Algorithmics charts new business strategy

Analysts who cover the risk technology market were surprised by Dembo’s forecast. “I’m somewhat sceptical,” said Peter Keppler of Meridien Research, based in Newton, Massachusetts.

A host of risk ASPs were launched in 2000 to deliver lower-cost risk management technology to the lower end of the market, but market reception has been cold. “The ASP market has not taken off by any stretch. It’s turned out to be a marginal revenue enhancer as opposed to a substantial stand-alone channel,” said Keppler.

Dushyant Shahrawat, securities industry institutional technology analyst at consulting firm TowerGroup in Needham, Massachusetts, said at least eight to 10 risk ASPs have folded since 2000, including JP Morgan derivatives services spin-off Cygnifi in October last year.

On the other hand, the current target date of January 2003 for a comprehensive launch of Algorithmics’ services on Bloomberg could coincide with an upturn in confidence among financial firms in risk technology outsourcing, according to Shahrawat. “By the end of 2003 and 2004, you're going to see a revival of the ASP model,” he said, adding that higher spending on internet technology by the buy side indicates growing comfort with the medium among investors. Also behind the market’s return to risk ASPs, said Shahrawat, are improvements in security technology and competitive pressure.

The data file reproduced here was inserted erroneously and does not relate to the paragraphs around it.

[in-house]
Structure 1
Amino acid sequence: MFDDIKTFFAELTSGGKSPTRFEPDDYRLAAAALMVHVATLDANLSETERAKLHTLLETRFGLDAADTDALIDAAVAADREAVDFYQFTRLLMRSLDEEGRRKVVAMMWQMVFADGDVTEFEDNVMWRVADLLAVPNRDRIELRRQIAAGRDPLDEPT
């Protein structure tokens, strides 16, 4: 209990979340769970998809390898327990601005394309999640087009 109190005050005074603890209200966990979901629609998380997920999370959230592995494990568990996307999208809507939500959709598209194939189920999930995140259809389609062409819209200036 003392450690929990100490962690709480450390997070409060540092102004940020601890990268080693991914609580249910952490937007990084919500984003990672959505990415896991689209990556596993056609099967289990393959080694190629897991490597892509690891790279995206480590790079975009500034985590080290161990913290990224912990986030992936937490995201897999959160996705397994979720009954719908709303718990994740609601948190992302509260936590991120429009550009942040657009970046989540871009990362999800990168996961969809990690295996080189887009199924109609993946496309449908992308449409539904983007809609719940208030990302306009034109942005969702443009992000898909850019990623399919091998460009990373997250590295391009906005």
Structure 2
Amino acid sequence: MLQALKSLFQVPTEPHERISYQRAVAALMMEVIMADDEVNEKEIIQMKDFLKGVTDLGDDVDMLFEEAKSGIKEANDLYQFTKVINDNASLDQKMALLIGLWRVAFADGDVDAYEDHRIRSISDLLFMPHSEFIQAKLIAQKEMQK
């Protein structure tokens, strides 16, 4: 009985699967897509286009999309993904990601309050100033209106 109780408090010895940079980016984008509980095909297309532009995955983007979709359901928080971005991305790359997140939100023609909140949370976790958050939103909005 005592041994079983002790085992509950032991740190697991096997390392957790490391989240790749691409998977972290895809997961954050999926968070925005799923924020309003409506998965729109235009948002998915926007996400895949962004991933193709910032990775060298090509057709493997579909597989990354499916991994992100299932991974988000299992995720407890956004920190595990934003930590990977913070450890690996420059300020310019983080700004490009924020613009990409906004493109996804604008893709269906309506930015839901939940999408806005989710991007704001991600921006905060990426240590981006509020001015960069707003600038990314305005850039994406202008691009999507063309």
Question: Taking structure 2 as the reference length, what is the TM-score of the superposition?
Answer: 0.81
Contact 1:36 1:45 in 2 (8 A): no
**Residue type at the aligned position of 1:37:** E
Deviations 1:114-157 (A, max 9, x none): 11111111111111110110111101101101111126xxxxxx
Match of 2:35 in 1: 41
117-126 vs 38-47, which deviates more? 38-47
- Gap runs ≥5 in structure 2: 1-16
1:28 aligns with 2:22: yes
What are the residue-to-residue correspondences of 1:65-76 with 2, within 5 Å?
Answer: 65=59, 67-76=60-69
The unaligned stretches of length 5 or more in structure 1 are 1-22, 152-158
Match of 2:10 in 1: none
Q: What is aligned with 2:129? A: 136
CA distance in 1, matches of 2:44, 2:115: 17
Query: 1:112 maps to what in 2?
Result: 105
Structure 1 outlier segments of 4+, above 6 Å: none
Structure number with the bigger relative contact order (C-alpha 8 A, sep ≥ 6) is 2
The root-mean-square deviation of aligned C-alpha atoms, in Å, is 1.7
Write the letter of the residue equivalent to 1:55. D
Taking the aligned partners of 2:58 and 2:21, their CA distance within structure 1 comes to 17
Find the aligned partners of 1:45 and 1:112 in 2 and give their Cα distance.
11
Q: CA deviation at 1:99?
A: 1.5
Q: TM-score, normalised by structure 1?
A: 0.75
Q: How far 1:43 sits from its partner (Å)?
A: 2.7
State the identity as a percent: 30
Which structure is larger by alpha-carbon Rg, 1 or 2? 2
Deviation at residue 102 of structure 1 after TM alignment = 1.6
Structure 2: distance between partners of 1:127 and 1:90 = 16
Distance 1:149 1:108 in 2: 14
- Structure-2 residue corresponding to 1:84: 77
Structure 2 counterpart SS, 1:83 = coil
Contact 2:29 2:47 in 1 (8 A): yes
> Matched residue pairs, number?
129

Shahrawat called the alliance between Algorithmics and Bloomberg a win for both companies. Bloomberg gets to expand its risk analytics for trade order management customers beyond current parametric value-at-risk and scenario analysis to include more market risk functions, collateral, credit risk and asset-liability management tools. Shahrawat said these new offerings will help ensure Bloomberg survives a coming shakeout he expects for trade order management system providers – slimming the current field of 15 vendors by half.

Meanwhile, Algorithmics gets access to markets where it has had low penetration: second-tier investment managers and sell-side institutions. According to Tanys Lancaster, who heads the Bloomberg side of the alliance in New York, of Bloomberg’s 700 trade order management systems users, 60% are on the sell side and 40% on the buy side. Should the current slump in risk technology spending continue, access to the sell side could be important for Algorithmics. “The sell-side is outspending the buy side pretty remarkably in this current economic environment,” said Shahrawat.

According to the current timetable, market risk services for G-7 government and corporate bonds, agencies, equities, and municipals will go live in November. Credit risk and collateral management functions could be added by the third quarter. Asset-liability management rollout has not yet been scheduled. Derivatives instruments coverage for the G-20 will be completed by the end of 2003.

Algorithmics’ head of global sales for the alliance, Jason Nabi, based in London, said that by the end of 2003, he expects around 50% of Bloomberg’s current 700 trade order management system users, plus 200 new users, to use Algorithmics' services on Bloomberg. Nabi says 100 new and existing Bloomberg clients are currently in the pipeline to implement the services.

The new services will be available at no additional charge. To access its trade order management services, Bloomberg requires all of a client’s trading room personnel to have Bloomberg monitors. Current charges per monitor are $1,295 per month.

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